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September 5, 2012

The Trouble With Oral Sex

It's supposed to be the ultimate pleasure for women—so what's my problem?

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RECENTLY, I WAS IN BED with a guy whose sheets I'd wanted to get tangled up in for a while. It was our third date, but I was hoping for a thousand more, and we were having the kind of intense and passionate sex that makes you believe that might be possible. I felt so close to him with our eyes locked and our bodies bendy from red wine. But suddenly he pulled away and disappeared beneath the covers, diving headfirst between my thighs.

"I could do this forever," he said, his voice muffled by the blanket. All I could think was, Please don't.

Let me be clear: It's not that I hate oral sex. A tongue feels good anywhere it roams, and I'm not bothered by the fact that bodies don't exactly taste like cherry soda all the time. But oral sex demands total surrender to the moment and the person you're with. Unfortunately, I am often stuck in my own head. Instead of being lost in ecstasy, when a guy goes down on me, I'm worrying about loose hairs, whether or not his jaw is getting exhausted, and how I look down there. Or my mind wanders to things that have absolutely nothing to do with sex: I fret that I'm late with the cable bill or that I left the iron on. I worry that I will never reach orgasm, which usually ensures that I won't, because nothing detracts from erotic abandon like performance anxiety. All too often, receiving oral sex spirits me away from a universe of pleasure and into the troublesome territory of overeager den mother: Are you sure you're OK down there? Do you need anything to drink? Would anyone like cookies?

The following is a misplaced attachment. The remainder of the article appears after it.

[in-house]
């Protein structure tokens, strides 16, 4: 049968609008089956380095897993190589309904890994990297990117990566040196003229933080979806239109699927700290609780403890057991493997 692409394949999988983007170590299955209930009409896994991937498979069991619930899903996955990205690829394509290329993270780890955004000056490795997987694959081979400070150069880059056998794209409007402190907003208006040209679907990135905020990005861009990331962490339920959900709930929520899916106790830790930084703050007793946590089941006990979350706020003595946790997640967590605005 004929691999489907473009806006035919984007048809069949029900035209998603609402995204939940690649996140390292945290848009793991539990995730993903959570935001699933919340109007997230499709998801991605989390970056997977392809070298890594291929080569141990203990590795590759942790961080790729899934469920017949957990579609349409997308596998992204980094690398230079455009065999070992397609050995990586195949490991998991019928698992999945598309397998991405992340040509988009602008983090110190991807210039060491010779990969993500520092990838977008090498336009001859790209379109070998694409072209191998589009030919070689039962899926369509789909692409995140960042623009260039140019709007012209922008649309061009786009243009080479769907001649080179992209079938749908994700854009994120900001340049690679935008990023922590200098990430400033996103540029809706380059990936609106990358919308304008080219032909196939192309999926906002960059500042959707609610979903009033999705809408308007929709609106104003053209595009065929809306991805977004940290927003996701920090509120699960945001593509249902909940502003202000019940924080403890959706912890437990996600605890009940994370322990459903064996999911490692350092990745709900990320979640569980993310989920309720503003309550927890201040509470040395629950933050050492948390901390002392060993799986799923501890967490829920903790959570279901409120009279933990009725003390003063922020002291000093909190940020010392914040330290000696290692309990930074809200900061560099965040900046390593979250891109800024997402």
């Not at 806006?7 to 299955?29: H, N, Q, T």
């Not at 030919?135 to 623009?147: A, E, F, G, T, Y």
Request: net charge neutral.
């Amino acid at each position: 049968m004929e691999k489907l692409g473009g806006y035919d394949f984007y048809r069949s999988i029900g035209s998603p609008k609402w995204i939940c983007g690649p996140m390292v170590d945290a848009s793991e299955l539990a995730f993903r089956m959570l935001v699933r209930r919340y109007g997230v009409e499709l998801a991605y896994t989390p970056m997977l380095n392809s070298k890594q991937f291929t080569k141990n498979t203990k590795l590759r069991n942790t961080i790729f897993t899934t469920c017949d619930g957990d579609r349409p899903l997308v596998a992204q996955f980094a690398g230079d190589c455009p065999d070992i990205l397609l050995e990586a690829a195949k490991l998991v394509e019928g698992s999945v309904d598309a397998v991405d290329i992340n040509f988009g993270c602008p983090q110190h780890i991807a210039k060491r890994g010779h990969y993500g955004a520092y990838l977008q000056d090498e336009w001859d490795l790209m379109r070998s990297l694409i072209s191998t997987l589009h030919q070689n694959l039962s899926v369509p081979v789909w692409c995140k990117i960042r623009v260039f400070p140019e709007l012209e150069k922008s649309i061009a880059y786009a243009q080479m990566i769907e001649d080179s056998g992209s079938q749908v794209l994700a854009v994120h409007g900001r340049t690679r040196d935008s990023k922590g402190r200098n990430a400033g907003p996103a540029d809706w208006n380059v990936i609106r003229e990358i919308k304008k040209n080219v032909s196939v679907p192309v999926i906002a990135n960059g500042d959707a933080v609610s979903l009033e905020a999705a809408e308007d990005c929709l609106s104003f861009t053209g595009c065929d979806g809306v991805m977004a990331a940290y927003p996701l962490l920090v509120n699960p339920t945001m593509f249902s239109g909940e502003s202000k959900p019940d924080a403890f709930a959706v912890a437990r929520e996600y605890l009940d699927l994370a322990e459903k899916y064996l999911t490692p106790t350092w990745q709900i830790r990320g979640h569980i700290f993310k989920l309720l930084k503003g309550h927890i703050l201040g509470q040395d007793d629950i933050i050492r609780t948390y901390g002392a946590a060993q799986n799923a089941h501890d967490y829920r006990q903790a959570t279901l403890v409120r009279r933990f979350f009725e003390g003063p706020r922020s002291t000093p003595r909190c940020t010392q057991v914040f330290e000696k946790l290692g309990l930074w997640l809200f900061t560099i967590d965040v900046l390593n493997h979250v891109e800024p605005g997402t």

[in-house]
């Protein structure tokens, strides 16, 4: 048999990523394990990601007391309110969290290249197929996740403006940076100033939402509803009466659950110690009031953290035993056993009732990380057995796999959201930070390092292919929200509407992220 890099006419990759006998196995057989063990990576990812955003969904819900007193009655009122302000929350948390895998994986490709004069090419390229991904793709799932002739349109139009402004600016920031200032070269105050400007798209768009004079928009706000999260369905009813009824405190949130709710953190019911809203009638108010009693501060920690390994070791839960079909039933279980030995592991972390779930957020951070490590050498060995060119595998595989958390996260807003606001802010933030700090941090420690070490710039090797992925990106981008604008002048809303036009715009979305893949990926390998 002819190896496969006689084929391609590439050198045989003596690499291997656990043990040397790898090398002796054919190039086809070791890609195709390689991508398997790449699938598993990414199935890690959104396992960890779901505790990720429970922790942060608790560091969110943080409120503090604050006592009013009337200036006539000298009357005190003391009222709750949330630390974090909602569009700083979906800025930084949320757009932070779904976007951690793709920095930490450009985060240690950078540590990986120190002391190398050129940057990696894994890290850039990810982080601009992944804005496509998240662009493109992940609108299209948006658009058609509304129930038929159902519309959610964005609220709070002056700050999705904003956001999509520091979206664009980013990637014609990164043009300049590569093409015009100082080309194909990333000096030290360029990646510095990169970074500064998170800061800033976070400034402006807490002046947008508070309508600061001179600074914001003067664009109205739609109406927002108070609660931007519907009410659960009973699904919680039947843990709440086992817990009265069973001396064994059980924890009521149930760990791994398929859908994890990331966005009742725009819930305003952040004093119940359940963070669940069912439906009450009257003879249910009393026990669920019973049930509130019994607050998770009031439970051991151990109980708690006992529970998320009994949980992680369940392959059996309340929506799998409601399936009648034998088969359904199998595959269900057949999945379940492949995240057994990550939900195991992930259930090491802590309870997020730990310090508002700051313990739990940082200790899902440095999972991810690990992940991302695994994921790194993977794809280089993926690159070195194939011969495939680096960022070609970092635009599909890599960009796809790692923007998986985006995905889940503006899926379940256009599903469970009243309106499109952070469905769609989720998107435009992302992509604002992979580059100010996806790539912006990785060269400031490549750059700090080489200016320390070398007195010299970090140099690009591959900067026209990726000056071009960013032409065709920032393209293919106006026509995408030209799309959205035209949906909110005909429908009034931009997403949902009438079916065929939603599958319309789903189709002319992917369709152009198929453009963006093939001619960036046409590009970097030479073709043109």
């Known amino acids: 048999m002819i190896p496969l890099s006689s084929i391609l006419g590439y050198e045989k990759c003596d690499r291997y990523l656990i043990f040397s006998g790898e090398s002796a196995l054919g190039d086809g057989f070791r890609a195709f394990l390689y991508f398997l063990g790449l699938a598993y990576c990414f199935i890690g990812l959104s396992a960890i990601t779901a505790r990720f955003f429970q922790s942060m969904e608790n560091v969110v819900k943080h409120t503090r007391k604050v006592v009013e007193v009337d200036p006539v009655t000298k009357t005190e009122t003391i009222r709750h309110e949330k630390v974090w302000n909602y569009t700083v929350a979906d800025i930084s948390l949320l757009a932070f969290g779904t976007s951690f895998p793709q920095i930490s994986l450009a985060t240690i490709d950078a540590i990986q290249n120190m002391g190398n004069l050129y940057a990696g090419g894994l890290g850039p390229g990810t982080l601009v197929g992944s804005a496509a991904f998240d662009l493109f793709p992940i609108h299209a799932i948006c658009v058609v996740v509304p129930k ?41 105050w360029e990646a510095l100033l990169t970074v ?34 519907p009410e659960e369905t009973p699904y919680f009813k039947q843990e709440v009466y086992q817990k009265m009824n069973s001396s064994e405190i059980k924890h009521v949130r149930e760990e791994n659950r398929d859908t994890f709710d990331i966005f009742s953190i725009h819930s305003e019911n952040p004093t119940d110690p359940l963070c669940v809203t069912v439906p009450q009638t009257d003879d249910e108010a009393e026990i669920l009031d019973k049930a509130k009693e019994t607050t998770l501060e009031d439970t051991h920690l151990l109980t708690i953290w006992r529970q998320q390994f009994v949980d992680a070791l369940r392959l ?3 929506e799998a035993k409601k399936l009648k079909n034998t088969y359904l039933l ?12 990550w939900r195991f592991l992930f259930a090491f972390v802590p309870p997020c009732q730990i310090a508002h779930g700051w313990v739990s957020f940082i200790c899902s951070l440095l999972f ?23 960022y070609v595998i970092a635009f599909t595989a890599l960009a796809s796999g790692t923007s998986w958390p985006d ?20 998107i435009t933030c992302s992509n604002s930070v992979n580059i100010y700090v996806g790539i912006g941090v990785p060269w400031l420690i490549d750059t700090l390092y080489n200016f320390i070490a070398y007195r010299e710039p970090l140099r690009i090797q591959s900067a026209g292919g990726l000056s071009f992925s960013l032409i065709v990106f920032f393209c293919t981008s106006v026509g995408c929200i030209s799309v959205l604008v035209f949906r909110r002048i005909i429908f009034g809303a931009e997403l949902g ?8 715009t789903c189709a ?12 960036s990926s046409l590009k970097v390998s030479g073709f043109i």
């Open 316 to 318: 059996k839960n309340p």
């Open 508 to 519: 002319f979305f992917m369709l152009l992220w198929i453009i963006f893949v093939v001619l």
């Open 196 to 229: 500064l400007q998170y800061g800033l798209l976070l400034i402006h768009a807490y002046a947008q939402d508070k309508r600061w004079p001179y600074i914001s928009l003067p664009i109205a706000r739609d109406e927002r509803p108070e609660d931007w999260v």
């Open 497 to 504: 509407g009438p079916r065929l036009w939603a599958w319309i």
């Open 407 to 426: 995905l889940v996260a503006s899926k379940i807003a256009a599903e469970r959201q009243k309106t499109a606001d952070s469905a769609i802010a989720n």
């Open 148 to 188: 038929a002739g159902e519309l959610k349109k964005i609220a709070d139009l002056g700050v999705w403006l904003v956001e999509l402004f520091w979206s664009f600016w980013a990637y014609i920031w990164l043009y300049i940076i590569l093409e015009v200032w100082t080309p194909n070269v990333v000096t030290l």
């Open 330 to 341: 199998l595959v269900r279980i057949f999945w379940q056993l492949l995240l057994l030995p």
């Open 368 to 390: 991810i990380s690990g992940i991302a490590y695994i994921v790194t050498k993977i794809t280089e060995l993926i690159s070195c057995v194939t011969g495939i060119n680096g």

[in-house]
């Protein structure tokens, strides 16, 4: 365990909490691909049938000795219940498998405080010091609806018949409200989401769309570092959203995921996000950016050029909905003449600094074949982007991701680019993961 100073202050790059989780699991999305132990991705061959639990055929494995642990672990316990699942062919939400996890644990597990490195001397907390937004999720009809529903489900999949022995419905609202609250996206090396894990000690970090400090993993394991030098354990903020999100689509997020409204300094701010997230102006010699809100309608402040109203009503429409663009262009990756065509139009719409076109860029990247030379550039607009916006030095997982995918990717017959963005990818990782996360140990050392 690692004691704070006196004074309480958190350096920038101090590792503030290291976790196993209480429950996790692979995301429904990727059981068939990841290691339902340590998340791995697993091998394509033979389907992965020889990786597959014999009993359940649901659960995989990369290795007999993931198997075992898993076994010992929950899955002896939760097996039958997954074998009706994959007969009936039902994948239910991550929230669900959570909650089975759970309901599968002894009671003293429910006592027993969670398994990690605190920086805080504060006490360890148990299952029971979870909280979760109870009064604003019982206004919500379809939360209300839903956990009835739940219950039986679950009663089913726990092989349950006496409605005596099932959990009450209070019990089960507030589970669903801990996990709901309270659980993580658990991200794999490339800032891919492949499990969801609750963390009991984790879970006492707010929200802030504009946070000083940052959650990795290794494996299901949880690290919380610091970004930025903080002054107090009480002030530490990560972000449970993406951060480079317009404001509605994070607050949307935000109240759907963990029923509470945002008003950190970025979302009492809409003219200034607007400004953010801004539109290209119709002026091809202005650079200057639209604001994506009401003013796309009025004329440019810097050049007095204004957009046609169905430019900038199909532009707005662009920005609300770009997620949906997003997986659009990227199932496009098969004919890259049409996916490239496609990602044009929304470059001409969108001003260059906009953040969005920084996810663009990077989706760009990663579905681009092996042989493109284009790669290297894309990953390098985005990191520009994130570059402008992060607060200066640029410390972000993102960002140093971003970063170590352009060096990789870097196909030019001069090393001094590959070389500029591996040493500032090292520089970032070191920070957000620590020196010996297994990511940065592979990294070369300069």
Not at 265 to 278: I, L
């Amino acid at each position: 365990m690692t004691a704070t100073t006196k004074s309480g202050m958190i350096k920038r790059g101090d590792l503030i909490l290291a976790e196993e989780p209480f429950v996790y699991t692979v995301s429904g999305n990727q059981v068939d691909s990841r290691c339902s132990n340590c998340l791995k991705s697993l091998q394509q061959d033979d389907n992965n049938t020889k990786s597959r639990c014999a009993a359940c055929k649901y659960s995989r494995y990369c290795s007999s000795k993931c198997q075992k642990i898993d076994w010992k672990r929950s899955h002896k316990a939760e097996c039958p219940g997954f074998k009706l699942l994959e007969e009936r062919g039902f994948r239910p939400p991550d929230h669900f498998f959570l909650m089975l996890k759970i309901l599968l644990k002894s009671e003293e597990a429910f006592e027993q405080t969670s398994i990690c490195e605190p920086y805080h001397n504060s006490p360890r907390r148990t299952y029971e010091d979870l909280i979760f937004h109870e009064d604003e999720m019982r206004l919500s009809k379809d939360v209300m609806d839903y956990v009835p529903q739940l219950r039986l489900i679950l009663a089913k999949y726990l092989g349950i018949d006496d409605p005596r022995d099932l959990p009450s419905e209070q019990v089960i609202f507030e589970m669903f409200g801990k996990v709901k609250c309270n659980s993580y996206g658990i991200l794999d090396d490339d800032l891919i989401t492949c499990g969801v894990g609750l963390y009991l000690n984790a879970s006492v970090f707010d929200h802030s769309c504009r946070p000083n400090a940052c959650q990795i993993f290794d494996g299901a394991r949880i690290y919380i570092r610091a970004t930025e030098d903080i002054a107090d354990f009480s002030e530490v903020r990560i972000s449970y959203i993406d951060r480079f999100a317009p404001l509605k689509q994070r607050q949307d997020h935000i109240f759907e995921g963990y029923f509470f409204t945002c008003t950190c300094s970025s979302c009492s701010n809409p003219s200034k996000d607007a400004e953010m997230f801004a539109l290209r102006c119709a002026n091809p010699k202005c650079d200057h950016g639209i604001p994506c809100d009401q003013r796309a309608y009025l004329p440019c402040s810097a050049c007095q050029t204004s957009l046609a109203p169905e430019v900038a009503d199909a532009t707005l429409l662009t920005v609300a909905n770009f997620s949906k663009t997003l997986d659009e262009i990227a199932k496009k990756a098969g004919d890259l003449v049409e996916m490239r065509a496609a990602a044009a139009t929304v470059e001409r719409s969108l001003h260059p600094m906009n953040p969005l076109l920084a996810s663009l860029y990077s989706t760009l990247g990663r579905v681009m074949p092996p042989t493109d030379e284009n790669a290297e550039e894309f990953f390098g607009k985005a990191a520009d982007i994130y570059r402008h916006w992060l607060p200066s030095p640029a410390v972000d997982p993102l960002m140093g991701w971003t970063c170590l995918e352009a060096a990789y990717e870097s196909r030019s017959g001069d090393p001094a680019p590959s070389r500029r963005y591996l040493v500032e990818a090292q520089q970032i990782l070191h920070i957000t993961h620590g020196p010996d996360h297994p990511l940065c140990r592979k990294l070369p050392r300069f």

It's too bad I feel this way because the men I date seem happier than ever to go down on me. I figure it's a power thing. Decades of feminism and accessible porn have made women more comfortable with their bodies and more sexually aggressive, and guys may find it thrilling to make a woman vulnerable, to have her thighs trembling on either side of their face. It must be a huge rush to transform your partner into a puddle of id—which I completely understand because that's how I feel when I go down on a guy. Don't get me wrong: Many women adore oral sex, and I consider it a sign of sexual progress that a man's oral skills now give him bragging rights.

However, I'm not the only woman I know who feels ambivalence toward oral sex. When I asked female friends for their opinions, many gave less than stellar reviews: It takes too long. Guys don't know what they're doing. It requires a shower. One friend was obsessed with the notion that bits of mealy toilet paper could be stuck down there. Another simply said, "Meh." And pop culture reflects our ambivalence. When television shows and books portray a woman receiving oral sex (and it's a rare occurrence), it's often clumsy and unfulfilled. Take the much-talked-about scene in the HBO show Girls, in which a sexually inexperienced character squirms while a guy goes down on her—I can relate to that full-body cringe. Meanwhile, the heroine in Fifty Shades of Grey is so out of touch with her body that she doesn't masturbate, and the whole book reads like wish fulfillment for women unable to articulate what turns them on. Voilà—a best seller.

In the end, the real trick to enjoying any sexual act is to know what you want and how to ask for it. So here is what I need: a dark room. Occasional giggles. Occasional quiet. A finger in the right spot helps. A vibrator can be fun. I've found that oral sex is not casual for me, which means that—I'm sorry, sailor—you can't show up at midnight, jump under the sheets, and expect to blow my mind. What I need more than anything is someone I trust and am comfortable with. Maybe that just won't happen by date number three. Till then, I'd prefer if my lovers kept their heads above the covers.

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